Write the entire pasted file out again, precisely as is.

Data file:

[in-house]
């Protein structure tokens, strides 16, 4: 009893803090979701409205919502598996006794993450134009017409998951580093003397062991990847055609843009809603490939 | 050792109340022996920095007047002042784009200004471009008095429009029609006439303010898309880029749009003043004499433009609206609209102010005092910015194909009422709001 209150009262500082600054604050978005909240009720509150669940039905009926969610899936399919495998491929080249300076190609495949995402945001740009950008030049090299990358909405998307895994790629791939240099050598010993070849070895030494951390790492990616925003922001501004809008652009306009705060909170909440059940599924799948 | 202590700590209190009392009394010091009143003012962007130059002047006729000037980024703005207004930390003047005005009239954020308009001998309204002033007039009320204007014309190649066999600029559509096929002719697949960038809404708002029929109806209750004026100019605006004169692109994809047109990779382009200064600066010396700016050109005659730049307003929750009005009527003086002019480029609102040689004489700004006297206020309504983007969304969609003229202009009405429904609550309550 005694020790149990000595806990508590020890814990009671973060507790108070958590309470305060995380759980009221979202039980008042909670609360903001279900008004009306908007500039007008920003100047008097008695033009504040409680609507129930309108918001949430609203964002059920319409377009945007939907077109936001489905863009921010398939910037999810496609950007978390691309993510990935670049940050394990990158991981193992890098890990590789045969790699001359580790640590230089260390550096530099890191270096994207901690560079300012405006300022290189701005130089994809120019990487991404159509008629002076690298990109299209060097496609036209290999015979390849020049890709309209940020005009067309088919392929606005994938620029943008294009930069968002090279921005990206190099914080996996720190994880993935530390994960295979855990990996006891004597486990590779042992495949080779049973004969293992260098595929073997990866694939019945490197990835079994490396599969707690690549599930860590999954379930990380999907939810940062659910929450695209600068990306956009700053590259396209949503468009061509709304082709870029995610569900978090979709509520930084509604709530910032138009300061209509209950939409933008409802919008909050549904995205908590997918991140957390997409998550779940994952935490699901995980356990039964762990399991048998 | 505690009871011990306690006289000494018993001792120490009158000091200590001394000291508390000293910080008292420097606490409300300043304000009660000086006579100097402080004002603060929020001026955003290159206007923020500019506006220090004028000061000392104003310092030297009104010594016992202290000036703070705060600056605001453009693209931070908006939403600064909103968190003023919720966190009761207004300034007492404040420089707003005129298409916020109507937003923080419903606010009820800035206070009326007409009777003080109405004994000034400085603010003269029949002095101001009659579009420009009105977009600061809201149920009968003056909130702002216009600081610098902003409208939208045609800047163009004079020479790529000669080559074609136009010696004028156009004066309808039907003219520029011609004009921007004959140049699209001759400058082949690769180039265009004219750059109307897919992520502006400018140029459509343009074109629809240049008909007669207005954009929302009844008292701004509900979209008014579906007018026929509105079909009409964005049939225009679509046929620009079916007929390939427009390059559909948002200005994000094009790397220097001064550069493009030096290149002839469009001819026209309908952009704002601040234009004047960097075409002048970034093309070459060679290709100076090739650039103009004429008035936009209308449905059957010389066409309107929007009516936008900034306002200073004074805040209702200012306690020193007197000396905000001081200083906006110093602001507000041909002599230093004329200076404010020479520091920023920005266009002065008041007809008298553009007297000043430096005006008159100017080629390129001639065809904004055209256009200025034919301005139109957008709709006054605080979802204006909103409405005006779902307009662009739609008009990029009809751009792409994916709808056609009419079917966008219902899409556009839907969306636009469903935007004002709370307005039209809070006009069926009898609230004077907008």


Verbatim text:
[in-house]
């Protein structure tokens, strides 16, 4: 009893803090979701409205919502598996006794993450134009017409998951580093003397062991990847055609843009809603490939 | 050792109340022996920095007047002042784009200004471009008095429009029609006439303010898309880029749009003043004499433009609206609209102010005092910015194909009422709001 209150009262500082600054604050978005909240009720509150669940039905009926969610899936399919495998491929080249300076190609495949995402945001740009950008030049090299990358909405998307895994790629791939240099050598010993070849070895030494951390790492990616925003922001501004809008652009306009705060909170909440059940599924799948 | 202590700590209190009392009394010091009143003012962007130059002047006729000037980024703005207004930390003047005005009239954020308009001998309204002033007039009320204007014309190649066999600029559509096929002719697949960038809404708002029929109806209750004026100019605006004169692109994809047109990779382009200064600066010396700016050109005659730049307003929750009005009527003086002019480029609102040689004489700004006297206020309504983007969304969609003229202009009405429904609550309550 005694020790149990000595806990508590020890814990009671973060507790108070958590309470305060995380759980009221979202039980008042909670609360903001279900008004009306908007500039007008920003100047008097008695033009504040409680609507129930309108918001949430609203964002059920319409377009945007939907077109936001489905863009921010398939910037999810496609950007978390691309993510990935670049940050394990990158991981193992890098890990590789045969790699001359580790640590230089260390550096530099890191270096994207901690560079300012405006300022290189701005130089994809120019990487991404159509008629002076690298990109299209060097496609036209290999015979390849020049890709309209940020005009067309088919392929606005994938620029943008294009930069968002090279921005990206190099914080996996720190994880993935530390994960295979855990990996006891004597486990590779042992495949080779049973004969293992260098595929073997990866694939019945490197990835079994490396599969707690690549599930860590999954379930990380999907939810940062659910929450695209600068990306956009700053590259396209949503468009061509709304082709870029995610569900978090979709509520930084509604709530910032138009300061209509209950939409933008409802919008909050549904995205908590997918991140957390997409998550779940994952935490699901995980356990039964762990399991048998 | 505690009871011990306690006289000494018993001792120490009158000091200590001394000291508390000293910080008292420097606490409300300043304000009660000086006579100097402080004002603060929020001026955003290159206007923020500019506006220090004028000061000392104003310092030297009104010594016992202290000036703070705060600056605001453009693209931070908006939403600064909103968190003023919720966190009761207004300034007492404040420089707003005129298409916020109507937003923080419903606010009820800035206070009326007409009777003080109405004994000034400085603010003269029949002095101001009659579009420009009105977009600061809201149920009968003056909130702002216009600081610098902003409208939208045609800047163009004079020479790529000669080559074609136009010696004028156009004066309808039907003219520029011609004009921007004959140049699209001759400058082949690769180039265009004219750059109307897919992520502006400018140029459509343009074109629809240049008909007669207005954009929302009844008292701004509900979209008014579906007018026929509105079909009409964005049939225009679509046929620009079916007929390939427009390059559909948002200005994000094009790397220097001064550069493009030096290149002839469009001819026209309908952009704002601040234009004047960097075409002048970034093309070459060679290709100076090739650039103009004429008035936009209308449905059957010389066409309107929007009516936008900034306002200073004074805040209702200012306690020193007197000396905000001081200083906006110093602001507000041909002599230093004329200076404010020479520091920023920005266009002065008041007809008298553009007297000043430096005006008159100017080629390129001639065809904004055209256009200025034919301005139109957008709709006054605080979802204006909103409405005006779902307009662009739609008009990029009809751009792409994916709808056609009419079917966008219902899409556009839907969306636009469903935007004002709370307005039209809070006009069926009898609230004077907008």